As UNT is nearing the end of the 2018 Gallup Employee Engagement Survey, faculty and staff may be looking for ways to improve engagement within their work areas. In this second installment of InHouse’s two-part series about engagement, faculty and staff from UNT colleges and other areas discuss creating a culture of value and appreciation at the university.
Faculty and staff at UNT who would like to share their success stories can do so by sending an email to email@example.com.
Autonomy and trust
UNT employees in divisions and departments that exhibit strong engagement also have a tendency to highly trust for one another.
When Eric Fritsch, chair of the Department of Criminal Justice in the College of Health and Public Service, received his Gallup survey feedback from last year’s survey it showed that his team engagement was very high. But he didn’t want to make assumptions as to what that was ― so he asked the faculty he leads.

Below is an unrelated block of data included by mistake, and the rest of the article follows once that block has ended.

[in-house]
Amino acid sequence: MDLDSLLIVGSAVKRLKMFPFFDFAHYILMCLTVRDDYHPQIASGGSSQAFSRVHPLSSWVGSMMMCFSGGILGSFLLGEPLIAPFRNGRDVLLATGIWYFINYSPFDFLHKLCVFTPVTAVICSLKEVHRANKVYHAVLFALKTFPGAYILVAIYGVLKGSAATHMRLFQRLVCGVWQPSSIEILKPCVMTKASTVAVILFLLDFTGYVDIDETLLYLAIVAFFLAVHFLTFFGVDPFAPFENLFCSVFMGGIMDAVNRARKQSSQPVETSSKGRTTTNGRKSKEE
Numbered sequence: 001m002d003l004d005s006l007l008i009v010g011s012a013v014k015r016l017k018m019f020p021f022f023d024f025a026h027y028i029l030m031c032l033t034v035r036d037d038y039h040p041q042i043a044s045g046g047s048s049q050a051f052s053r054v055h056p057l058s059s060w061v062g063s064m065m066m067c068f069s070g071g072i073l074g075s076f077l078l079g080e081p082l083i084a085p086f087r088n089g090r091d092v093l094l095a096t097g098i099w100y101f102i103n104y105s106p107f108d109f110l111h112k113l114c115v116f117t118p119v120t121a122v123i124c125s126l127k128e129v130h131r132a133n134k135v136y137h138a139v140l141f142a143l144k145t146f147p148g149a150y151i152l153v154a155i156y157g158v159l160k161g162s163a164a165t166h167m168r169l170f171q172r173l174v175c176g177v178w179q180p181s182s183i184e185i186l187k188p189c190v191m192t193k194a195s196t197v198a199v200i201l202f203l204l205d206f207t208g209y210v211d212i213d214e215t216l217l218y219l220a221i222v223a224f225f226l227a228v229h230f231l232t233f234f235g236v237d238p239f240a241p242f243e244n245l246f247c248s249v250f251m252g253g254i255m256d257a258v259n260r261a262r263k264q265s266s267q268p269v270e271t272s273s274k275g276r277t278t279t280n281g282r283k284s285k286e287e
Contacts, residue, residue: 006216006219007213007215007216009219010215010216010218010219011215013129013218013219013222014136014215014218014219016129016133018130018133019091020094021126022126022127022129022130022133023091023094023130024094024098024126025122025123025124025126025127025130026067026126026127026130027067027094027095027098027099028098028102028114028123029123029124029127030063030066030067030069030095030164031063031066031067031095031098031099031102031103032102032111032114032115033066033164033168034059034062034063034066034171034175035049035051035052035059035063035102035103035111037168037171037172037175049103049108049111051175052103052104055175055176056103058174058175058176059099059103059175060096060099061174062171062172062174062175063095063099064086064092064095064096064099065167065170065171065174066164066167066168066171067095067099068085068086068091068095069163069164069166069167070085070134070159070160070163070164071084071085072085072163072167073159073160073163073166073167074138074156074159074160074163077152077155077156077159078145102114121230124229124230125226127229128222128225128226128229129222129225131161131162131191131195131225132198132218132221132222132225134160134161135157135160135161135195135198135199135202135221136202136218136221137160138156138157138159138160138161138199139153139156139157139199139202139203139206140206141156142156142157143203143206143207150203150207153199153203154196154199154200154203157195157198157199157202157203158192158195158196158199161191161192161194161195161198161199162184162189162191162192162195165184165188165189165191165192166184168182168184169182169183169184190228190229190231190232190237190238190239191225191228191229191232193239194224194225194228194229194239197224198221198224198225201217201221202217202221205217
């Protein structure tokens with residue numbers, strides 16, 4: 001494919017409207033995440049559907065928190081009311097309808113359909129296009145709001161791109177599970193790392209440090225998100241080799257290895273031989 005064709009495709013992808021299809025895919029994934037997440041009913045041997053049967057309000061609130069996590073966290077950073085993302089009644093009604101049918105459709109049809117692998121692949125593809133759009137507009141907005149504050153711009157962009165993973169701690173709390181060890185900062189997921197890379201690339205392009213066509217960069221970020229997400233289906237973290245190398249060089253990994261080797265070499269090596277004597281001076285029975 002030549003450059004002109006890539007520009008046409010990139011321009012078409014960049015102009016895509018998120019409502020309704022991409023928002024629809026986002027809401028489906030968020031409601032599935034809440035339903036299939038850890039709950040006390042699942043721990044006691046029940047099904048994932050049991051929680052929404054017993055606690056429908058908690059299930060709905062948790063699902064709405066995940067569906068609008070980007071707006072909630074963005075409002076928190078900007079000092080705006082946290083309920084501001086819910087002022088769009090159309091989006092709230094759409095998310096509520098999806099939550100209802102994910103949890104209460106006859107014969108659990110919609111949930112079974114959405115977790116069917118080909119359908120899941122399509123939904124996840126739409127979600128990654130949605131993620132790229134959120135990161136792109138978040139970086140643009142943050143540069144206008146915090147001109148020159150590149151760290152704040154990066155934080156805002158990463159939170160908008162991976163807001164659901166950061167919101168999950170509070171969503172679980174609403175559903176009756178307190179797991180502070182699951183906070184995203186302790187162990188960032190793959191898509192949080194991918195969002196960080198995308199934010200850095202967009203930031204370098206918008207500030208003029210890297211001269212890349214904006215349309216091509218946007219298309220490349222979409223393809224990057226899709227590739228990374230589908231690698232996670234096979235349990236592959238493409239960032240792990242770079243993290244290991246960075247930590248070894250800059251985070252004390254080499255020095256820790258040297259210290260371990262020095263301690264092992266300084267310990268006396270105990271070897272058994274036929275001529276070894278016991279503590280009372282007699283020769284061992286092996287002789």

One of the recurring responses he received was about autonomy.
“My criminal justice faculty say this department is a great place to work because of the people,” Fritsch says. “They believe that all of us work diligently and meticulously on our individual crafts, whether teaching, research or a combination of both. The autonomy that we are given allows us to really put our own imprint on each course we teach. They say that they are grateful for that level of freedom to develop and conduct their courses in the manner in which they think is best.”
Fritsch says he was told that autonomy between departments also is important.